“You might make a change then. Marketability is not really an issue. Would it make sense for AOG-only catastrophic support? It’s an end-of-life question, and the answer is different for every owner.”

Advice for Owners

McManus sees things similarly to Dobbins. “The only time you want to think hard about a program is when your engine gets very old,” he says. “The whole aircraft is worth maybe $1m, and you’re probably the last owner.

“That end of life is when programs start to be worth thinking a little harder about. You can’t get cycle parts or LLPs anymore. That’s about the only time we’ll turn people away [as potential customers].”

“It comes back to that reputational thing,” says Greg Ryan, Senior Sales Director in GE Aviation’s Business Aviation Division. “We’d rather have that heart-to-heart talk with the owner of the airplane than mislead the owner into thinking it is worth paying for several hundred hours of comprehensive engine maintenance coverage a year.”

One other way in which OEMs are prepared to adjust coverage on engines installed on a used aircraft bought by a new owner is when the aircraft’s operating circumstances and mission profile are likely to change materially.

For instance, says Ryan, GE is quite happy to adjust coverage for an aircraft’s engines when under its new owner it is moving from operating, say, 400 hours a year on five-hour average segments in North America to operating 150 hours a year on segments averaging 90 minutes in the Middle East.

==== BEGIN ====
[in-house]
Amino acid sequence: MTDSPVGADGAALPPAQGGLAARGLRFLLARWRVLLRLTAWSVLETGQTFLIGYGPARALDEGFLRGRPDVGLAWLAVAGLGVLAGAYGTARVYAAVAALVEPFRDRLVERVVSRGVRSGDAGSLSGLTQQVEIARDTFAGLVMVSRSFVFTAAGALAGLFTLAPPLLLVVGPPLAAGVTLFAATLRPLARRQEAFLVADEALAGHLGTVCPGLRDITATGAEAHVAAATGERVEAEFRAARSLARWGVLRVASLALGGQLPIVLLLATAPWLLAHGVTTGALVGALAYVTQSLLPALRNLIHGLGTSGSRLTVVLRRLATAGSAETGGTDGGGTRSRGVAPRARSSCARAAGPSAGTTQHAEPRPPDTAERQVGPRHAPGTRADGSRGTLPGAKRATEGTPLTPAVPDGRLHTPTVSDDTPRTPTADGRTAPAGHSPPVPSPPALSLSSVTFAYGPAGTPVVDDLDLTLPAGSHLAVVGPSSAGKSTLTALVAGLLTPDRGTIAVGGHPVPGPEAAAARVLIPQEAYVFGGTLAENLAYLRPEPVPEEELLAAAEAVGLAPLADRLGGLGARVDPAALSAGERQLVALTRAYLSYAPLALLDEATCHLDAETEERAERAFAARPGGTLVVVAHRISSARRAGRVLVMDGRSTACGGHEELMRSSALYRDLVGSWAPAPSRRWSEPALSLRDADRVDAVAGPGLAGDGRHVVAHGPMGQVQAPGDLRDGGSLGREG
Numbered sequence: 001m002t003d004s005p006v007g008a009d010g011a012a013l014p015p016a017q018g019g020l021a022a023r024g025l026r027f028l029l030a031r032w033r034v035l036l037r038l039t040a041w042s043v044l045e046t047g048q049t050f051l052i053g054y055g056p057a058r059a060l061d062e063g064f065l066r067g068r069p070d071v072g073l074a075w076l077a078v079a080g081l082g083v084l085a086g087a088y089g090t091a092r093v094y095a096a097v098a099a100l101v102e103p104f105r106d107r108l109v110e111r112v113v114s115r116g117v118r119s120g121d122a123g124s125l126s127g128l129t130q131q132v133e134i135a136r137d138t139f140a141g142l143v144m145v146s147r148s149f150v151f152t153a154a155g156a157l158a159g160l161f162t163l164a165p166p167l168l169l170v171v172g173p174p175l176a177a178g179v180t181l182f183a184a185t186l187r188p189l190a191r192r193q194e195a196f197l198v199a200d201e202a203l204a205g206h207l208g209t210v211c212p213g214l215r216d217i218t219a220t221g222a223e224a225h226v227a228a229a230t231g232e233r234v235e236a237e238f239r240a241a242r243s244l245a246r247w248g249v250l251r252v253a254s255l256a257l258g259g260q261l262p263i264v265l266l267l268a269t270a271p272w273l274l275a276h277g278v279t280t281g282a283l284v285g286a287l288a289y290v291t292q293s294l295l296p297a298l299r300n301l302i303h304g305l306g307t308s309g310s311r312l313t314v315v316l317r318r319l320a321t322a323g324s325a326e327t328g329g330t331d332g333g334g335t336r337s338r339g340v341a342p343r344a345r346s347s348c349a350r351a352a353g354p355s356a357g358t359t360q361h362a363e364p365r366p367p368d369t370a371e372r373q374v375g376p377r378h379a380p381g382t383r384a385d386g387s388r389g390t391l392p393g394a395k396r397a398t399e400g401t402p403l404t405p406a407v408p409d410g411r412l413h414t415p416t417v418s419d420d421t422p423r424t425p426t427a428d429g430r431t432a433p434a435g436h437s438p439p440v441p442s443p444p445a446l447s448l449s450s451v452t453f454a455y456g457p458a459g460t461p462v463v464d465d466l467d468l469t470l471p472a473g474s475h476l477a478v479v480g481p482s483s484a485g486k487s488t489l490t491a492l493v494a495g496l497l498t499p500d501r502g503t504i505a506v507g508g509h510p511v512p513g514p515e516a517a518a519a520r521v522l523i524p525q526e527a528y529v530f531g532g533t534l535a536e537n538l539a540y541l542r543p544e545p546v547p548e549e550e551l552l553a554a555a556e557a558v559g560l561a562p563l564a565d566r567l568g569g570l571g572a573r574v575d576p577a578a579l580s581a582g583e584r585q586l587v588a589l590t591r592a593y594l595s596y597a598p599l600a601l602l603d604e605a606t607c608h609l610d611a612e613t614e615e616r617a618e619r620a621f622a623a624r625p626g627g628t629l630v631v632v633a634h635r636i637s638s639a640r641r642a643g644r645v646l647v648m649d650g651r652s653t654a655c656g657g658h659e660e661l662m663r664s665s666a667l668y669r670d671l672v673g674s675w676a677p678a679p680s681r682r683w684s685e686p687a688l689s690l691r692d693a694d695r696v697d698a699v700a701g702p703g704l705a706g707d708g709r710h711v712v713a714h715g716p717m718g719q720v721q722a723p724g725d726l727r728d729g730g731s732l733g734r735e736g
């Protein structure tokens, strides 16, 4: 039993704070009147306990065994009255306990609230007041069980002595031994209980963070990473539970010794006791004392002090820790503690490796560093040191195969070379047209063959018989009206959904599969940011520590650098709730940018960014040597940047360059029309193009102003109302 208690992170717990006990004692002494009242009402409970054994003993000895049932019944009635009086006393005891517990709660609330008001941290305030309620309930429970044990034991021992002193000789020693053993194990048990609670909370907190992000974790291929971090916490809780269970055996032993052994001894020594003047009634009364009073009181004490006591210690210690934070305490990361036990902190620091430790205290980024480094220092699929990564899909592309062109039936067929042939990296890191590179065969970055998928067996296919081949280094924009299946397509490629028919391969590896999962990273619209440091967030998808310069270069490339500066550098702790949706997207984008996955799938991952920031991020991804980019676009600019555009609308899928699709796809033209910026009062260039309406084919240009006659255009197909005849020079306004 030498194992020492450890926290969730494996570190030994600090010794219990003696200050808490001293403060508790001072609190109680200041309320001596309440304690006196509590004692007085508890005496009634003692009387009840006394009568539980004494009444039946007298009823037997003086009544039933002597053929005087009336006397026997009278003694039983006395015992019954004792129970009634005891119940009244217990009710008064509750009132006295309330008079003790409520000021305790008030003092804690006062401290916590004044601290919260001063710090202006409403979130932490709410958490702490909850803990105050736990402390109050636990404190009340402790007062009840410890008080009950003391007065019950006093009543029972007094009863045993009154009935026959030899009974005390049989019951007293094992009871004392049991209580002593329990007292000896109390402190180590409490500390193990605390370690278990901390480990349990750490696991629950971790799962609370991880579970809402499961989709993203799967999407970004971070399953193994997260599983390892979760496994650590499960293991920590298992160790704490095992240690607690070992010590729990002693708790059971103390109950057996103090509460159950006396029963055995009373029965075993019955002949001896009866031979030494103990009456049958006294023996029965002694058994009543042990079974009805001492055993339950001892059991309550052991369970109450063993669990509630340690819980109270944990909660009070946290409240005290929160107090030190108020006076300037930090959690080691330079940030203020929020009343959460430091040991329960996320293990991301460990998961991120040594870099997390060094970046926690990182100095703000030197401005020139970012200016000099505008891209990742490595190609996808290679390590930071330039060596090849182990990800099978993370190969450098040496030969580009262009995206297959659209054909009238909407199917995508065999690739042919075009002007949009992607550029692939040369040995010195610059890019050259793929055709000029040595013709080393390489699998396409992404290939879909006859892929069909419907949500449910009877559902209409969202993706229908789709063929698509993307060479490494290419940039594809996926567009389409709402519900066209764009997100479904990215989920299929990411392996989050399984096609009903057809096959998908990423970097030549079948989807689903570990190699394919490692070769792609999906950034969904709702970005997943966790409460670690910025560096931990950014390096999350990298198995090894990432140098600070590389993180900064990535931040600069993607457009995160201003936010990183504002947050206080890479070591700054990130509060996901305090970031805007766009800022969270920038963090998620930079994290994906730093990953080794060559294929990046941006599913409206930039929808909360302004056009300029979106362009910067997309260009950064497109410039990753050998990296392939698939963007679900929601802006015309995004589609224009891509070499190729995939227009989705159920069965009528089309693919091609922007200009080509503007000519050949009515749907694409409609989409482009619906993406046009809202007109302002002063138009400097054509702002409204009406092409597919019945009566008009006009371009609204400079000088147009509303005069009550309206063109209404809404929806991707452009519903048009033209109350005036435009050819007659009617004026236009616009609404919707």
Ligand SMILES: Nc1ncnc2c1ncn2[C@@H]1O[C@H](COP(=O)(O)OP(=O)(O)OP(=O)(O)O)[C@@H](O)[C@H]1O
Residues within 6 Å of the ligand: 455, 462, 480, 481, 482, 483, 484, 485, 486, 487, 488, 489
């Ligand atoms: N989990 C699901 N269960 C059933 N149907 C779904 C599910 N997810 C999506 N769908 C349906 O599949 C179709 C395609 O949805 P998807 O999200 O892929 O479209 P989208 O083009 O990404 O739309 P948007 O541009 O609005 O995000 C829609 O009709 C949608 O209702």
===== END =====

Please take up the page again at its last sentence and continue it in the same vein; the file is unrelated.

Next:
“Then you don’t need the 400-hour minimum, and we’ll adjust the hours per year down and make the associated rate adjustment. We’ll go down to 100 hours and below.”

However, because the variable unscheduled maintenance cost risks associated with such low plan levels far outweigh the plans’ fixed costs of scheduled maintenance and continuing airworthiness compliance, GE can’t charge less than the price of its 150-hour minimum plan, “So you might as well go to 150 hours,” Ryan adds.

“Any time you are shaving off coverage, you are just cutting corners,” Lynch says. “Don’t give away engine rentals and shipping unless you are in the same city as the MRO shop. And pay attention to yearly minimums.

“There is no need for a high yearly minimum [of covered operating hours] with engines that aren’t on calendar overhaul. You’ll get a bill if you don’t meet the minimum engine hours covered under the plan,” he concludes.

More information from:
• Engine Assurance Program: www.eap.aero
• GE Aviation: www.geaviation.com/bga/services/onpointbizjets
• Pratt & Whitney Canada: www.pwc.ca

Read more about Engine Maintenance on the AvBuyer Engine Maintenance Hub